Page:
# A theory question: FSA

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• 01-21-2007
DavidP
A theory question: FSA
This doesn't really apply to any specific language, platform, or API, so I decided to place this question here in GD. This was a question posed to us by my CS professor from my CS computational theory class.

This is a theory question concerning Finite-State Automata or Finite-State Machines.

Image a machine that looks like such:

FSA System: Marble-Rolling Toy

A marble is dropped from either slot A or B. x1, x2, and x3 are levers that cause the marble to fall either to the left or to the right. Whenever the marble encounters a lever, it causes the lever to reverse after the marble passes, so the next marble will take the opposite branch.

My professor told us to construct a state transition diagram of FSA. This is what I constructed:

FSA state transition diagram

The part I was wondering about, did I make a mistake by putting the extra "left" and "right" labels onto the x1, x2, and x3 levers in the diagram? It is the only way I could think of doing this. Is there a way to draw a deterministic FSA transition diagram without doing that?

I could very easily do a non-deterministic FSA diagram without putting the "left" and "right" labels onto the x1, x2, and x3 levers, but he specifically asked for a deterministic diagram.

This was the only way I could think of doing it. Anyone familiar enough with FSA to confirm that?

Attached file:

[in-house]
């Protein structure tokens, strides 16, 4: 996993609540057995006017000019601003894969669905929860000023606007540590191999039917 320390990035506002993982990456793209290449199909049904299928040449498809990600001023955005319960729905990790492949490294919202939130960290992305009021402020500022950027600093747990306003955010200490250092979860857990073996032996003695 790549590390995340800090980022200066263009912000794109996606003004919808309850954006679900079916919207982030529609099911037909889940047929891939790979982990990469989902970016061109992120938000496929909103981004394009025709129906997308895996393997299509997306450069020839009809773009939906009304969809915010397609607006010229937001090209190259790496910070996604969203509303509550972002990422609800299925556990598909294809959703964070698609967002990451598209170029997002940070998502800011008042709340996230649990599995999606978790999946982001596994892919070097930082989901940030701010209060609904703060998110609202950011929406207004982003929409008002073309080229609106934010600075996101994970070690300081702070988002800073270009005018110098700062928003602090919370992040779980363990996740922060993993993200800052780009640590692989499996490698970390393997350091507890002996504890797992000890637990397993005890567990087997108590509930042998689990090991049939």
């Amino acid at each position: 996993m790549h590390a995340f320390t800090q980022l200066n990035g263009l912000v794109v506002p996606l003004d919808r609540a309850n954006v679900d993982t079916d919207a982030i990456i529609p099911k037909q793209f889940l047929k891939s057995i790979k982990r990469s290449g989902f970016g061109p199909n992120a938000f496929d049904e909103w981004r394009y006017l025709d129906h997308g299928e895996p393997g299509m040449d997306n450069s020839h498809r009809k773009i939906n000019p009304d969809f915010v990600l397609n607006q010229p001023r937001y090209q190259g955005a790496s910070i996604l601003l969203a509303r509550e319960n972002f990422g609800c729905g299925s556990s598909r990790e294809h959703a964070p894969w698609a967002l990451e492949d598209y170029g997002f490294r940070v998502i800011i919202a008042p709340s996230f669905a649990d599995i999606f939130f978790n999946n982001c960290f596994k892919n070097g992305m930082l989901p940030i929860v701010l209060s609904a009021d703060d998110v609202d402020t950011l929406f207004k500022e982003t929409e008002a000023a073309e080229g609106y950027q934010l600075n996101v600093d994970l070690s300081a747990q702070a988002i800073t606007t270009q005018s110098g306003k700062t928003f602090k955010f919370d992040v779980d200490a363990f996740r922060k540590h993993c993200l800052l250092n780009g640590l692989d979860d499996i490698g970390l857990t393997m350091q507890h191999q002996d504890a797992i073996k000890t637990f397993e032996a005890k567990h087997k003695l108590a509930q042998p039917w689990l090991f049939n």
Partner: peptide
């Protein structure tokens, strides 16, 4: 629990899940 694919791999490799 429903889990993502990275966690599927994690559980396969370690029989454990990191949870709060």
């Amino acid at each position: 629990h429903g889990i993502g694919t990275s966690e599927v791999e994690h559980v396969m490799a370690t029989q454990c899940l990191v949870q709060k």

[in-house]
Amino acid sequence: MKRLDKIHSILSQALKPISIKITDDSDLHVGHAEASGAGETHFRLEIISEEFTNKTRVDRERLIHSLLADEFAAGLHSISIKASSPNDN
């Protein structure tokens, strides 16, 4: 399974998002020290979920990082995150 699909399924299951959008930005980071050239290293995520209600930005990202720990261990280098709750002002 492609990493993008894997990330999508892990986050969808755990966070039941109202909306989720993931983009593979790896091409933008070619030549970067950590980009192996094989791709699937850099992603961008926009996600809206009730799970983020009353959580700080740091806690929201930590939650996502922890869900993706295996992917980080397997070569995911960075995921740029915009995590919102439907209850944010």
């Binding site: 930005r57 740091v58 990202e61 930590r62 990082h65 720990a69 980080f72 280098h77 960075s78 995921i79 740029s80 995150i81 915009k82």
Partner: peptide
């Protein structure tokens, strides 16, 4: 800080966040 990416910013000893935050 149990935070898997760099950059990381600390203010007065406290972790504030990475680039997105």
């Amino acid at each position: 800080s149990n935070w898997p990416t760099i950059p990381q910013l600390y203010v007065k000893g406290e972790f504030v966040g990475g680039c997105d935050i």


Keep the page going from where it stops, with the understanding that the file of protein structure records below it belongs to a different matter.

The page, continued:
q1 is the beginning state.
q5 is the accepting state, and q6 is a non-accepting state.

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• 01-21-2007
Perspective
Whether or not you can label edges is convention IMHO. You could also have "Left of X1", "Right of X1" as states if you don't want the labels.
• 01-22-2007
QuestionC
It looks like you've misinterpreted the problem.

The marble game itself is a state machine, with 8 different states, one for each possible combination of L or R for each xn.

Let us label the states by notation
<x1><x2><x3>, so for example, if x1 is sloping right, x2 is sloping left, x3 is sloping right, then we name that state "RLR"

The marble.jpg shows the machine in state "LLL".

From state LLL, there are two transitions, "A", and "B".
"LLL" transitions by B to "LRR". Note that we don't care which pipe it comes out of (C or D).
"LRR" transitions by B to "LRL".
"LRL" transitions by A to "RRL".

Basically... by the nature of the machine, you know that your end result will have 8 states ("LLL", "LLR", "LRL", "LRR", &ct.), and each state will have 2 transitions (1 for "A", 1 for "B").

There is no starting or accepting state, don't worry about those. It's a cyclical machine.